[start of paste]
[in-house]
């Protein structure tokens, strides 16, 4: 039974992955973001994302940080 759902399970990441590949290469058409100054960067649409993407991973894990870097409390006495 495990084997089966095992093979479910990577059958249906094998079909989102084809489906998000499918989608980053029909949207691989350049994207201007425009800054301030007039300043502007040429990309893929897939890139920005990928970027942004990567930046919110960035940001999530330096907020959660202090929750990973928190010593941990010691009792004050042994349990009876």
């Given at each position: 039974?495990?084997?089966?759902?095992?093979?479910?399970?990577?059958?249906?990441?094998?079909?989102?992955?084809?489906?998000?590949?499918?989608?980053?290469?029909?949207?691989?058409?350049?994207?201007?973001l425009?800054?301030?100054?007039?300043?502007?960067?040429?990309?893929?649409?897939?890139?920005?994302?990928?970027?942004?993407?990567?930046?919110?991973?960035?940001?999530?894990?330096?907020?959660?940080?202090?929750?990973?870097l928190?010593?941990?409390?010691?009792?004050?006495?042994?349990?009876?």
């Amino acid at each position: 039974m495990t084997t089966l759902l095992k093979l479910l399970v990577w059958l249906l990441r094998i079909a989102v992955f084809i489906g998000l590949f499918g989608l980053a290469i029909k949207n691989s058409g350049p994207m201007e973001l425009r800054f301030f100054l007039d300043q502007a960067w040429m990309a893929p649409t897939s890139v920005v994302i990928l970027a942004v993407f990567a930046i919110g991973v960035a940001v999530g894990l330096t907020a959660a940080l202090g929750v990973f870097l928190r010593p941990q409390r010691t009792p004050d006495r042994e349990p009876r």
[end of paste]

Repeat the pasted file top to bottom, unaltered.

[in-house]
């Protein structure tokens, strides 16, 4: 039974992955973001994302940080 759902399970990441590949290469058409100054960067649409993407991973894990870097409390006495 495990084997089966095992093979479910990577059958249906094998079909989102084809489906998000499918989608980053029909949207691989350049994207201007425009800054301030007039300043502007040429990309893929897939890139920005990928970027942004990567930046919110960035940001999530330096907020959660202090929750990973928190010593941990010691009792004050042994349990009876």
């Given at each position: 039974?495990?084997?089966?759902?095992?093979?479910?399970?990577?059958?249906?990441?094998?079909?989102?992955?084809?489906?998000?590949?499918?989608?980053?290469?029909?949207?691989?058409?350049?994207?201007?973001l425009?800054?301030?100054?007039?300043?502007?960067?040429?990309?893929?649409?897939?890139?920005?994302?990928?970027?942004?993407?990567?930046?919110?991973?960035?940001?999530?894990?330096?907020?959660?940080?202090?929750?990973?870097l928190?010593?941990?409390?010691?009792?004050?006495?042994?349990?009876?």
């Amino acid at each position: 039974m495990t084997t089966l759902l095992k093979l479910l399970v990577w059958l249906l990441r094998i079909a989102v992955f084809i489906g998000l590949f499918g989608l980053a290469i029909k949207n691989s058409g350049p994207m201007e973001l425009r800054f301030f100054l007039d300043q502007a960067w040429m990309a893929p649409t897939s890139v920005v994302i990928l970027a942004v993407f990567a930046i919110g991973v960035a940001v999530g894990l330096t907020a959660a940080l202090g929750v990973f870097l928190r010593p941990q409390r010691t009792p004050d006495r042994e349990p009876r």